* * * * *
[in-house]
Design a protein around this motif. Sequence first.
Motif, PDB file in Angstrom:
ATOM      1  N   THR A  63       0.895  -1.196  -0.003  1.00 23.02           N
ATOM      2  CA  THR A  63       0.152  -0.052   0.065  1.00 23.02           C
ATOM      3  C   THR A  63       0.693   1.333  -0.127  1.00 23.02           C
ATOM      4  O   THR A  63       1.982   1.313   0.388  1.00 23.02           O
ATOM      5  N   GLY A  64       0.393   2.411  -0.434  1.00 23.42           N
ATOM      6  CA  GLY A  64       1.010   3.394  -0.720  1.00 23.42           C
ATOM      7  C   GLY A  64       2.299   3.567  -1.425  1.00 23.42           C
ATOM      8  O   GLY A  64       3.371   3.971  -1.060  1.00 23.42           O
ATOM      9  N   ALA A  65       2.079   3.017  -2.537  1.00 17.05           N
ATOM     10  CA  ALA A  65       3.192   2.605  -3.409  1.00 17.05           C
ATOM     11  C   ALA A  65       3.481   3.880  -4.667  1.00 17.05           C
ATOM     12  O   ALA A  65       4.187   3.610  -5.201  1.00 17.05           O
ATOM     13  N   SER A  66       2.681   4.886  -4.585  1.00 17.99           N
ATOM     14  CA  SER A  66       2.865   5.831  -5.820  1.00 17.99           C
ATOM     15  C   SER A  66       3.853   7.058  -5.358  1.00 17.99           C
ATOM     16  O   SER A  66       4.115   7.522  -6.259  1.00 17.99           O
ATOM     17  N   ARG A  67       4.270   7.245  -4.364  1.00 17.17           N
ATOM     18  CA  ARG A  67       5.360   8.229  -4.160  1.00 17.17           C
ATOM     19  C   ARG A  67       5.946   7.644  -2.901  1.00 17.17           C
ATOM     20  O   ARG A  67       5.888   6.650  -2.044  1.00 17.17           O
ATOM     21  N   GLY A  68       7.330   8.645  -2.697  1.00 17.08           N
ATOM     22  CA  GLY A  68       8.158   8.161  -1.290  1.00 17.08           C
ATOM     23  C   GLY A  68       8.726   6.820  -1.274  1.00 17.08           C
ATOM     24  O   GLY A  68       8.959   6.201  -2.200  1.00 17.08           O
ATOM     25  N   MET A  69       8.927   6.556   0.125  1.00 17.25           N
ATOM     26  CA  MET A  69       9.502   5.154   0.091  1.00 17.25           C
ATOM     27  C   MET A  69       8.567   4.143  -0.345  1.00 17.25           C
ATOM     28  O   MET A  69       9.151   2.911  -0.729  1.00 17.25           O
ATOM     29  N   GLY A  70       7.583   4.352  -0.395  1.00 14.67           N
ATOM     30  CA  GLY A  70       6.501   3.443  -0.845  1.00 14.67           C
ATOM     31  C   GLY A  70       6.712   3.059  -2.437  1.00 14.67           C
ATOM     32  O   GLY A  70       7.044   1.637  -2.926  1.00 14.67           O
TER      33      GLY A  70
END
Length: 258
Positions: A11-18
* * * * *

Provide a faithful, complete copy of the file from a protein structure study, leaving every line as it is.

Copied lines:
[in-house]
Design a protein around this motif. Sequence first.
Motif, PDB file in Angstrom:
ATOM      1  N   THR A  63       0.895  -1.196  -0.003  1.00 23.02           N
ATOM      2  CA  THR A  63       0.152  -0.052   0.065  1.00 23.02           C
ATOM      3  C   THR A  63       0.693   1.333  -0.127  1.00 23.02           C
ATOM      4  O   THR A  63       1.982   1.313   0.388  1.00 23.02           O
ATOM      5  N   GLY A  64       0.393   2.411  -0.434  1.00 23.42           N
ATOM      6  CA  GLY A  64       1.010   3.394  -0.720  1.00 23.42           C
ATOM      7  C   GLY A  64       2.299   3.567  -1.425  1.00 23.42           C
ATOM      8  O   GLY A  64       3.371   3.971  -1.060  1.00 23.42           O
ATOM      9  N   ALA A  65       2.079   3.017  -2.537  1.00 17.05           N
ATOM     10  CA  ALA A  65       3.192   2.605  -3.409  1.00 17.05           C
ATOM     11  C   ALA A  65       3.481   3.880  -4.667  1.00 17.05           C
ATOM     12  O   ALA A  65       4.187   3.610  -5.201  1.00 17.05           O
ATOM     13  N   SER A  66       2.681   4.886  -4.585  1.00 17.99           N
ATOM     14  CA  SER A  66       2.865   5.831  -5.820  1.00 17.99           C
ATOM     15  C   SER A  66       3.853   7.058  -5.358  1.00 17.99           C
ATOM     16  O   SER A  66       4.115   7.522  -6.259  1.00 17.99           O
ATOM     17  N   ARG A  67       4.270   7.245  -4.364  1.00 17.17           N
ATOM     18  CA  ARG A  67       5.360   8.229  -4.160  1.00 17.17           C
ATOM     19  C   ARG A  67       5.946   7.644  -2.901  1.00 17.17           C
ATOM     20  O   ARG A  67       5.888   6.650  -2.044  1.00 17.17           O
ATOM     21  N   GLY A  68       7.330   8.645  -2.697  1.00 17.08           N
ATOM     22  CA  GLY A  68       8.158   8.161  -1.290  1.00 17.08           C
ATOM     23  C   GLY A  68       8.726   6.820  -1.274  1.00 17.08           C
ATOM     24  O   GLY A  68       8.959   6.201  -2.200  1.00 17.08           O
ATOM     25  N   MET A  69       8.927   6.556   0.125  1.00 17.25           N
ATOM     26  CA  MET A  69       9.502   5.154   0.091  1.00 17.25           C
ATOM     27  C   MET A  69       8.567   4.143  -0.345  1.00 17.25           C
ATOM     28  O   MET A  69       9.151   2.911  -0.729  1.00 17.25           O
ATOM     29  N   GLY A  70       7.583   4.352  -0.395  1.00 14.67           N
ATOM     30  CA  GLY A  70       6.501   3.443  -0.845  1.00 14.67           C
ATOM     31  C   GLY A  70       6.712   3.059  -2.437  1.00 14.67           C
ATOM     32  O   GLY A  70       7.044   1.637  -2.926  1.00 14.67           O
TER      33      GLY A  70
END
Length: 258
Positions: A11-18